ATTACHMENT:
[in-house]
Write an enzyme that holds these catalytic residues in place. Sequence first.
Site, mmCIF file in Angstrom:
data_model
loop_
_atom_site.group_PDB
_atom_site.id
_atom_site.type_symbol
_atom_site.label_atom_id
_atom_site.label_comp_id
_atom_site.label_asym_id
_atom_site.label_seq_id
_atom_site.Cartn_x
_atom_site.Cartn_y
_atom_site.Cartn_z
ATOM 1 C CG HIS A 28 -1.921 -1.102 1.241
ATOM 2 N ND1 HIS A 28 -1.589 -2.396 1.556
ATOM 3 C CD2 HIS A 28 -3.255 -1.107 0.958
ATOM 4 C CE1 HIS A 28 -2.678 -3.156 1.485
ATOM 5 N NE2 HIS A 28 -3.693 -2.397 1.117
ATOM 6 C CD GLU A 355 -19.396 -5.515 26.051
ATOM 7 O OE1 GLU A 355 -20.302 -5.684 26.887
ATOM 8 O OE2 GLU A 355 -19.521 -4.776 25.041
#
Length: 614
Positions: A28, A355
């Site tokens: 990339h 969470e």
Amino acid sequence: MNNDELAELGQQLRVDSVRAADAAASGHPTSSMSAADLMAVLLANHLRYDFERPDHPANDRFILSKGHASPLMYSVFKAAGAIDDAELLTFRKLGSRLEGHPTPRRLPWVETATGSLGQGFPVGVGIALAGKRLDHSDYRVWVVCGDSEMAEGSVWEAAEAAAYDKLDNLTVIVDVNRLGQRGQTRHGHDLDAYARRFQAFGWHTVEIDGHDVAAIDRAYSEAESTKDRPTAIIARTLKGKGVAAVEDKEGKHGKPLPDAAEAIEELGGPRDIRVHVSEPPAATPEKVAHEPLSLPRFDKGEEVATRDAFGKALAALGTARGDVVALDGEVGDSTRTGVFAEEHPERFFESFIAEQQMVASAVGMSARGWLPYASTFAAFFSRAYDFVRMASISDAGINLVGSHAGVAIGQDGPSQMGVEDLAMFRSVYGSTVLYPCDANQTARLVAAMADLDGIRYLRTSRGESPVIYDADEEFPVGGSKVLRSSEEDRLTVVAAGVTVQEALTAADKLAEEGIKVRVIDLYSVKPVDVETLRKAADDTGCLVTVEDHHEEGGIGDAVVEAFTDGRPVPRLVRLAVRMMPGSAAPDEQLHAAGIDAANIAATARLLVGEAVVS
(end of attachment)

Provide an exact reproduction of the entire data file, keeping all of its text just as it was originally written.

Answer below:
[in-house]
Write an enzyme that holds these catalytic residues in place. Sequence first.
Site, mmCIF file in Angstrom:
data_model
loop_
_atom_site.group_PDB
_atom_site.id
_atom_site.type_symbol
_atom_site.label_atom_id
_atom_site.label_comp_id
_atom_site.label_asym_id
_atom_site.label_seq_id
_atom_site.Cartn_x
_atom_site.Cartn_y
_atom_site.Cartn_z
ATOM 1 C CG HIS A 28 -1.921 -1.102 1.241
ATOM 2 N ND1 HIS A 28 -1.589 -2.396 1.556
ATOM 3 C CD2 HIS A 28 -3.255 -1.107 0.958
ATOM 4 C CE1 HIS A 28 -2.678 -3.156 1.485
ATOM 5 N NE2 HIS A 28 -3.693 -2.397 1.117
ATOM 6 C CD GLU A 355 -19.396 -5.515 26.051
ATOM 7 O OE1 GLU A 355 -20.302 -5.684 26.887
ATOM 8 O OE2 GLU A 355 -19.521 -4.776 25.041
#
Length: 614
Positions: A28, A355
């Site tokens: 990339h 969470e």
Amino acid sequence: MNNDELAELGQQLRVDSVRAADAAASGHPTSSMSAADLMAVLLANHLRYDFERPDHPANDRFILSKGHASPLMYSVFKAAGAIDDAELLTFRKLGSRLEGHPTPRRLPWVETATGSLGQGFPVGVGIALAGKRLDHSDYRVWVVCGDSEMAEGSVWEAAEAAAYDKLDNLTVIVDVNRLGQRGQTRHGHDLDAYARRFQAFGWHTVEIDGHDVAAIDRAYSEAESTKDRPTAIIARTLKGKGVAAVEDKEGKHGKPLPDAAEAIEELGGPRDIRVHVSEPPAATPEKVAHEPLSLPRFDKGEEVATRDAFGKALAALGTARGDVVALDGEVGDSTRTGVFAEEHPERFFESFIAEQQMVASAVGMSARGWLPYASTFAAFFSRAYDFVRMASISDAGINLVGSHAGVAIGQDGPSQMGVEDLAMFRSVYGSTVLYPCDANQTARLVAAMADLDGIRYLRTSRGESPVIYDADEEFPVGGSKVLRSSEEDRLTVVAAGVTVQEALTAADKLAEEGIKVRVIDLYSVKPVDVETLRKAADDTGCLVTVEDHHEEGGIGDAVVEAFTDGRPVPRLVRLAVRMMPGSAAPDEQLHAAGIDAANIAATARLLVGEAVVS